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With Hollywood movies in limbo, the Apollo Cinema goes back to the classics

The co-owner of the Apollo explains how their independent theatre is coping without Hollywood's big budget films
Apollo
Supplied photo from Apollo Cinema

For many people, going to the movies is an escape. It’s a chance to forget about the outside world, unplug for a few hours, and become engrossed in someone else’s story.

When movie theatres closed back in March, movie-goers lost that escape. Smaller cinemas like the Apollo Cinema in Kitchener had to get creative to connect with their patrons.

Daniel Demois is the co-owner of the Apollo in downtown Kitchener, which re-opened in late July. Where their previous capacity was just over 300, the Apollo reduced their screenings to a maximum of 50 people to allow for proper distancing.

With additional safety measures in place, one of the region's few independent theatres was eager to welcome back their patrons.

“The people that are coming back are very excited to get back to some semblance of normalcy,” Demois said. “Getting to the movies is a nice escape. It’s something fun you can do. It’s relatively safe. The audience definitely seemed to be excited to be doing something different after months of being cooped up.”

In the meantime, while their doors were closed for four months, the Apollo sold memberships and gift cards for future screenings. In addition, they held a seat dedication sale where patrons could get their name engraved on a seat at the theatre.

Except for a few new releases, Hollywood has been in limbo as major studios ceased filming new movies for several months. This forced studios to put films on hold or move back release dates to 2021 or beyond.

This hampered multiplex movie theatres who bank on big-budget tent-pole release movies. Summer blockbuster season was absent this year, and so were many movie-goers. Conversely, with an indie theatre like the Apollo Cinema, it allowed them to focus on screening movies you wouldn't see on the marquee of those giant multiplexes.

“We’re playing a lot of independent stuff, and relying a lot on old classics and retro titles,” Demois said. “That’s something our audience will have noticed, that there’s less new content, but also gives them the opportunity to see old favourites on the big screen again.”

With more films going straight to on-demand and skipping the theatres entirely, studios continue to contemplate the viability of releasing blockbuster films in a time when fewer eyeballs are seeing those movies.

In the case of the new James Bond film "No Time to Die", Regal Theatres closed all their theatres in the United States after Universal Pictures postponed the release of the latest 007 movie until April 2021.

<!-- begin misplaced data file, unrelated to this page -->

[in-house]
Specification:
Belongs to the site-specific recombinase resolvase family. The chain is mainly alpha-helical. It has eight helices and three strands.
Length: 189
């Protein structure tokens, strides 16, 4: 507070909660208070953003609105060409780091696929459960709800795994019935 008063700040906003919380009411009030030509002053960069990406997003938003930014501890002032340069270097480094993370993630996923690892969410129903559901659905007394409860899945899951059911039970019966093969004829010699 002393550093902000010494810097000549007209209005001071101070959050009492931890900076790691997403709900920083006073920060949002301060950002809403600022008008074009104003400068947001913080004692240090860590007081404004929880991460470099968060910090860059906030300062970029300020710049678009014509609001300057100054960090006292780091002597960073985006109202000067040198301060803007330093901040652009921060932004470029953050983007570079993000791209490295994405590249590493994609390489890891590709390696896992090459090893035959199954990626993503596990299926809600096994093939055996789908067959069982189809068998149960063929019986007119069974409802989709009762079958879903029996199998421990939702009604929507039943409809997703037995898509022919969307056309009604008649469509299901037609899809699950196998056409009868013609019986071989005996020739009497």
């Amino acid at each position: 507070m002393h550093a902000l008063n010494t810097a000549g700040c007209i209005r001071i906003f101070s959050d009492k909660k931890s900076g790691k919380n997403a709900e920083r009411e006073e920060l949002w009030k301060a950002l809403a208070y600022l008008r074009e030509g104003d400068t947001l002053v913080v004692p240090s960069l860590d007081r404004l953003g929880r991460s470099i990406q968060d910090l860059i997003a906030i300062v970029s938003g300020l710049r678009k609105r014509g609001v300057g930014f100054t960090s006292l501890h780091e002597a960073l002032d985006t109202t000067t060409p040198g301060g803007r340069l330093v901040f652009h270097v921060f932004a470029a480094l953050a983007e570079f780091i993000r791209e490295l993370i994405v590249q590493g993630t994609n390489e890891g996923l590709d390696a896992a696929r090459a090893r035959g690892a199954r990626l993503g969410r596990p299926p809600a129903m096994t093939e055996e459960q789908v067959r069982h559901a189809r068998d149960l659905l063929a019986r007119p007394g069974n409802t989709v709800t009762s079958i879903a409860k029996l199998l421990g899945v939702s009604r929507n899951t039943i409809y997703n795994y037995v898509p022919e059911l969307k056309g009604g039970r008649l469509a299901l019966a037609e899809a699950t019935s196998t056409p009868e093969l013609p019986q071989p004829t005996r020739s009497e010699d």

The pandemic may have inadvertently caused the beginning of the end of giant multiplex movie theatres. With COVID concerns, big money-makers like midnight screenings of giant blockbusters might be in jeopardy for those conglomerates.

This could allow independent theatres like the Apollo to thrive in the wake of pandemic, as there are no shortage of different films being screened every week, with six different movies on their screens on a weekly basis.

“I’ve always taken the opinion that as we’ve seen with so many businesses that have fallen out of fashion or out of favour with the public, like book stores or movie stores, there are always the independents,” Demois said.

“There may not be a Blockbuster Video on every block anymore, but most cities still have an independent video store that has somehow been buoyed by the fact that they don’t suddenly have that big corporate competition. Now they’re specialized; like a local book store.”

The Apollo continues to host “Apolloween”, which is their annual horror film festival. Six days a week, they’re screening classics like “Evil Dead”, “The Monster Squad”, “Beetlejuice”, and “The Addams Family”. This year’s Halloween night screening is the horror staple, “The Shining”.

If you’d prefer to have the entire theatre to yourself, you could watch almost any movie you like on the big screen with a small group of people for about $20 per person at the Apollo Cinema.

“The rental thing is a good option for people who aren’t entirely comfortable being in a public space with an audience,” Demois said. “It’s 10 people for 20 bucks per person, that’s not that different from what you’d pay for an Imax or something at the Cineplex, and you get the whole theatre to yourselves.

“That’s a cool way to do it in a way that might make some people more comfortable, but it’s a great way to watch whatever you want.”

After closing for four months, Demois was grateful to see their loyal customers back at the theatre again. For these movie fans, going to the movies still serves as an escape. Sitting down in a theatre for the first time in a long time brings back a small sense of normalcy.

“The relationship with the audience has been very encouraging,” Demois said. “Knowing that we are a place that people would want to support and would want to even have their name engraved on a seat, that’s very encouraging. That makes you feel like you’re part of something special.”
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